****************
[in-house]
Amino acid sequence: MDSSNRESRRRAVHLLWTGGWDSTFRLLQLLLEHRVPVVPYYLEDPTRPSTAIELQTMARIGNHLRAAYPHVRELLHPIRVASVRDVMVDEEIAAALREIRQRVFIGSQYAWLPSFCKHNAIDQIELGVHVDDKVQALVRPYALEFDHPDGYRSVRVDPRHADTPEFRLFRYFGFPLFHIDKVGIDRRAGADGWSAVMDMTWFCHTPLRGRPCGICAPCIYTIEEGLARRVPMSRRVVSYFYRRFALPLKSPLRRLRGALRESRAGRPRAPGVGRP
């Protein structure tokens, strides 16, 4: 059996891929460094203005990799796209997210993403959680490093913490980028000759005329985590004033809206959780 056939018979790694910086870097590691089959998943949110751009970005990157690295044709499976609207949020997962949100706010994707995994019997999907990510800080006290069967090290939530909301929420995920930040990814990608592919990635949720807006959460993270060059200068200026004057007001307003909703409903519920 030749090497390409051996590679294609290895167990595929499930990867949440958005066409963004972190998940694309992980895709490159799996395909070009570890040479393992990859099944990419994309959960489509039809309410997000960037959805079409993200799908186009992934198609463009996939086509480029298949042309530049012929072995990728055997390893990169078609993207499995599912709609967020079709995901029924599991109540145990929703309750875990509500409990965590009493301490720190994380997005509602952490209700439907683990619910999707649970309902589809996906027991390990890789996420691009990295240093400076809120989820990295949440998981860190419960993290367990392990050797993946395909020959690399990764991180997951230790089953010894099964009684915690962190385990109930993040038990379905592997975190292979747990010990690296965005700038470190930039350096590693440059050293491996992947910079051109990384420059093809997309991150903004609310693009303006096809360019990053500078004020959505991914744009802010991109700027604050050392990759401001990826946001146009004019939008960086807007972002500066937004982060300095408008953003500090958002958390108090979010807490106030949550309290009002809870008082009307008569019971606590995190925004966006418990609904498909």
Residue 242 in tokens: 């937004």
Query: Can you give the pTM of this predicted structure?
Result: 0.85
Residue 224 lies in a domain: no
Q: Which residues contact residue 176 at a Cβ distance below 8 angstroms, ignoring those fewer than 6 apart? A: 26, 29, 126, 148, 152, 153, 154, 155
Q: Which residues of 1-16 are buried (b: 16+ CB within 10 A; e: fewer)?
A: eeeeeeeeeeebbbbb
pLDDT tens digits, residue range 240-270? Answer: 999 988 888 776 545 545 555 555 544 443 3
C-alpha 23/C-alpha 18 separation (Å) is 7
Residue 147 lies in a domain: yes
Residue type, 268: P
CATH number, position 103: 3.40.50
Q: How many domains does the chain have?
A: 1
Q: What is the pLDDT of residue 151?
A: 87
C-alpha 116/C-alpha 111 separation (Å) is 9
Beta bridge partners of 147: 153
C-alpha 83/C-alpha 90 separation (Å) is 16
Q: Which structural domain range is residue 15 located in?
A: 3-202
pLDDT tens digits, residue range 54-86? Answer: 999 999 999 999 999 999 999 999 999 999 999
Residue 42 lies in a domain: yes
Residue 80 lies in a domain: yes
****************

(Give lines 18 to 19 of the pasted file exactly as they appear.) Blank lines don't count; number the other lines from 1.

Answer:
Q: What is the pLDDT of residue 151?
A: 87